The case study concerns traditional practices related to poultry. The process of improvement began with the spirit mediums selecting the local breeds that would be hybridized first. This ensured the innovationís compliance with the ancestral cult. The cockerels which the project introduced for breeding purposes were presented through the spirit mediums to ensure their acceptance. The ritual performed by the mediums also made the offspring of the new cockerels suitable for sacrificing, which for the local community is a major reason that people keep poultry, and justifies investments to increase production. Without the ritual, the poultryís offspring could not serve this vital social function. The mediumsí spiritual performances thus guarantee the survival of the new genetic material, which enhances poultry production.
Besides reviving and improving local breeds of poultry and revitalizing effective traditional practices, the project has resulted in the revival of indigenous knowledge for the herbal treatment of poultry disease. Incorporation into practices emanating from the cosmovision of the local people, including rituals performed by the spirit medium and ritual sacrifices, thus ensured the acceptance and survival of the new hybrids and other innovations, which in turn resulted in the larger yields that will improve the situation of the local community.
STAKEHOLDERS AND BENEFICIARIES
The main stakeholders in the practice are farmers, fieldworkers, government organizations, non-government organizations, students, universities, and the men, women and youth who live in the communities concerned. The beneficiaries--beginning with those who benefit most--are men, practitioners, students, women and youth. Local beneficiaries are at the same time collaborators, facilitators and implementors.
Altogether, the stakeholders and beneficiaries presently number some 300 to 400 people.
STRENGTHS & WEAKNESSES
The community responds well, becoming willing and eager to act decisively to better their own situation.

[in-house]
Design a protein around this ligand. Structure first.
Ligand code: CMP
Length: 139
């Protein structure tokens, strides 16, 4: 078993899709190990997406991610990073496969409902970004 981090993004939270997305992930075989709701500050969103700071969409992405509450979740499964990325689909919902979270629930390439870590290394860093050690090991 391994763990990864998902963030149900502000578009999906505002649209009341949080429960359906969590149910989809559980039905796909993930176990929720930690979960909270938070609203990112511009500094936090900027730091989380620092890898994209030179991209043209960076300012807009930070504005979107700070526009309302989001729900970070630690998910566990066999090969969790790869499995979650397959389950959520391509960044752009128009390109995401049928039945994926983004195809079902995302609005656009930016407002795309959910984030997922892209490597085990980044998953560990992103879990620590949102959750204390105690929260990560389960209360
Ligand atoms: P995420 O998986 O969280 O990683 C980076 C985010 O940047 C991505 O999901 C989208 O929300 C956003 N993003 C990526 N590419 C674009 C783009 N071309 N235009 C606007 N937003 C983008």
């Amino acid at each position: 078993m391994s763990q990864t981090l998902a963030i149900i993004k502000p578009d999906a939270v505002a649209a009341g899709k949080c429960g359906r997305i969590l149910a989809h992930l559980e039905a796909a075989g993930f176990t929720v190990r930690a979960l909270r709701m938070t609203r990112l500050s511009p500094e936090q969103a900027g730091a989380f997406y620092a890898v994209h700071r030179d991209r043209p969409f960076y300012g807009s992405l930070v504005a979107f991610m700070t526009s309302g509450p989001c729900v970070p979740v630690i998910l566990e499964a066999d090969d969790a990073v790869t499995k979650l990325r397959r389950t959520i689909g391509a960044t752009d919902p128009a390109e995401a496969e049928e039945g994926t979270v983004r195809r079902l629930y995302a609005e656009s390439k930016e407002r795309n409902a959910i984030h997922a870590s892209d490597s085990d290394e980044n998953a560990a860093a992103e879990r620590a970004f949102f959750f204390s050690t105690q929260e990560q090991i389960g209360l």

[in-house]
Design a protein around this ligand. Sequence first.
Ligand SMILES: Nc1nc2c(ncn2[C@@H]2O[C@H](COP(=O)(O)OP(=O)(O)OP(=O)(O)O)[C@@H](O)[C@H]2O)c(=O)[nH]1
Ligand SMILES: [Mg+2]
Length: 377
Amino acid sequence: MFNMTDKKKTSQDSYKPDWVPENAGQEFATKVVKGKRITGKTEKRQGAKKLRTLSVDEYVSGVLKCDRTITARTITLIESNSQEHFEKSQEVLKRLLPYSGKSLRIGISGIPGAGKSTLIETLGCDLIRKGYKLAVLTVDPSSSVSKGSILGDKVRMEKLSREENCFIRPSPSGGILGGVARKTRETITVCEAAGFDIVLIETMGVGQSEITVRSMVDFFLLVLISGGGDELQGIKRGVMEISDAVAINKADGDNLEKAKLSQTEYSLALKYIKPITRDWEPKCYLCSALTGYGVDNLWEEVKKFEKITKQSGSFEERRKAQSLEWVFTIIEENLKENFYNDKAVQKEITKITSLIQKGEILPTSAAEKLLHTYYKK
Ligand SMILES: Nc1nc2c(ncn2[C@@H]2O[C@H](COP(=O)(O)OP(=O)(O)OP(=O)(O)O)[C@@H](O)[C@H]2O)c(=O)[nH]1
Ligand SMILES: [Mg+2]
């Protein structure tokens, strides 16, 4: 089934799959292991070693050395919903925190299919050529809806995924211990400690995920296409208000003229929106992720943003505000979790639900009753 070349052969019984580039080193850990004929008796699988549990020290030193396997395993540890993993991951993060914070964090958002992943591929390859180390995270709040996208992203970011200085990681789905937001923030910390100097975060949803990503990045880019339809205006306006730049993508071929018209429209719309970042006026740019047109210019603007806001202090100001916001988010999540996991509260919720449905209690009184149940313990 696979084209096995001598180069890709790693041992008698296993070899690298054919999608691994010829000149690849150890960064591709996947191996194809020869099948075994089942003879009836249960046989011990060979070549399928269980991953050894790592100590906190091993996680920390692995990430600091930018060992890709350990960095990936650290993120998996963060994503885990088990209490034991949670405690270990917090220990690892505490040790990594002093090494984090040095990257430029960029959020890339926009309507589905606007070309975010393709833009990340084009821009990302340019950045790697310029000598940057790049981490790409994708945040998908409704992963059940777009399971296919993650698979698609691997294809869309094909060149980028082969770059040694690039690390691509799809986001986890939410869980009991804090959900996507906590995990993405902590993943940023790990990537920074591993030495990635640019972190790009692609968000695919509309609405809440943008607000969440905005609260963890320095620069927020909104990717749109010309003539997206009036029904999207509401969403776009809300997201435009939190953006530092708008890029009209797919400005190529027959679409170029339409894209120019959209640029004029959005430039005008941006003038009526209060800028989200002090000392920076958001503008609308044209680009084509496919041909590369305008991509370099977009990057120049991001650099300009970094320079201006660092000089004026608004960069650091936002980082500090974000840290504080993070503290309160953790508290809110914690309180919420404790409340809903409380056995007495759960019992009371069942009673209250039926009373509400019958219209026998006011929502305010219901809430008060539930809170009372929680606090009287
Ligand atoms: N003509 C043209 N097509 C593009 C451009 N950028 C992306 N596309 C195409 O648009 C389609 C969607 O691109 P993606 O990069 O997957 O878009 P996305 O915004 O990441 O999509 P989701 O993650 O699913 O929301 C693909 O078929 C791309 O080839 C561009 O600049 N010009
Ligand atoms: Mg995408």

SUCCESS EXPRESSED IN QUALITATIVE OR QUANTITATIVE TERMS:
The practice could be transferred to other places and situations, but several conditions would have to be met:
It is the dialogue process that requires replication. The technologies to be improved depend on the local situation and the problems as put forward by the local community.
Information related to this programme can be found in the COMPAS Newsletter. Also available on the Internet at http://www.etcint.org/compas_newsl.htm
Organization that provided this information:
Centre for Cosmovisions and Indigenous Knowledge
Ministry of Food and Agriculture
1. COMPAS: a project to protect biocultural diversity. The COMPAS project's main objective is to help development organizations enhance biocultural diversity by building on Indigenous knowledge and sharing knowledge. Through this approach participating organizations are better equipped to support the development of ecologically sound and culturally adapted agricultural communities, where poverty will be alleviated and gender differences minimized. COMPAS stands for 'Comparing and Supporting Indigenous Agricultural Systems'.
The project is based in the Netherlands but works through partner organizations
in seven countries in Africa, Central and South America, India, Sri Lanka,
and Europe. Throughout 1995 these partners worked to gather case studies
for presentation at a workshop in Cochabamba, Bolivia. In the case studies
they indicated the various requirements for supporting endogenous development
in the study areas.